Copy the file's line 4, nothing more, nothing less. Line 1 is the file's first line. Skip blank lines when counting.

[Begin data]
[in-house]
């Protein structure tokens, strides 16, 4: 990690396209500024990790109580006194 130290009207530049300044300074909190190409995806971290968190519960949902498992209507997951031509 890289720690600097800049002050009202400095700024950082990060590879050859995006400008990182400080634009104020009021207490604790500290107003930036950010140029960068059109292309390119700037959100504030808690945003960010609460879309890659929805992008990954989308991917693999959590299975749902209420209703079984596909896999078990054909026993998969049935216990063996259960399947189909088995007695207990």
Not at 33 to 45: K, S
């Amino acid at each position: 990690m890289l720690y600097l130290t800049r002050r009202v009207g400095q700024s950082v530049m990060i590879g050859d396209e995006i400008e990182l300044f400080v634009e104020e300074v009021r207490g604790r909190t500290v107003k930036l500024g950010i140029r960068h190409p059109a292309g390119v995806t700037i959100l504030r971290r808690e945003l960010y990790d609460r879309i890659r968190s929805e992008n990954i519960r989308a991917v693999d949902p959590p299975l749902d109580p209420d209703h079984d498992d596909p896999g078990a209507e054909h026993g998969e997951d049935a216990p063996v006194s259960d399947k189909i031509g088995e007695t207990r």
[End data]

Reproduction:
């Amino acid at each position: 990690m890289l720690y600097l130290t800049r002050r009202v009207g400095q700024s950082v530049m990060i590879g050859d396209e995006i400008e990182l300044f400080v634009e104020e300074v009021r207490g604790r909190t500290v107003k930036l500024g950010i140029r960068h190409p059109a292309g390119v995806t700037i959100l504030r971290r808690e945003l960010y990790d609460r879309i890659r968190s929805e992008n990954i519960r989308a991917v693999d949902p959590p299975l749902d109580p209420d209703h079984d498992d596909p896999g078990a209507e054909h026993g998969e997951d049935a216990p063996v006194s259960d399947k189909i031509g088995e007695t207990r």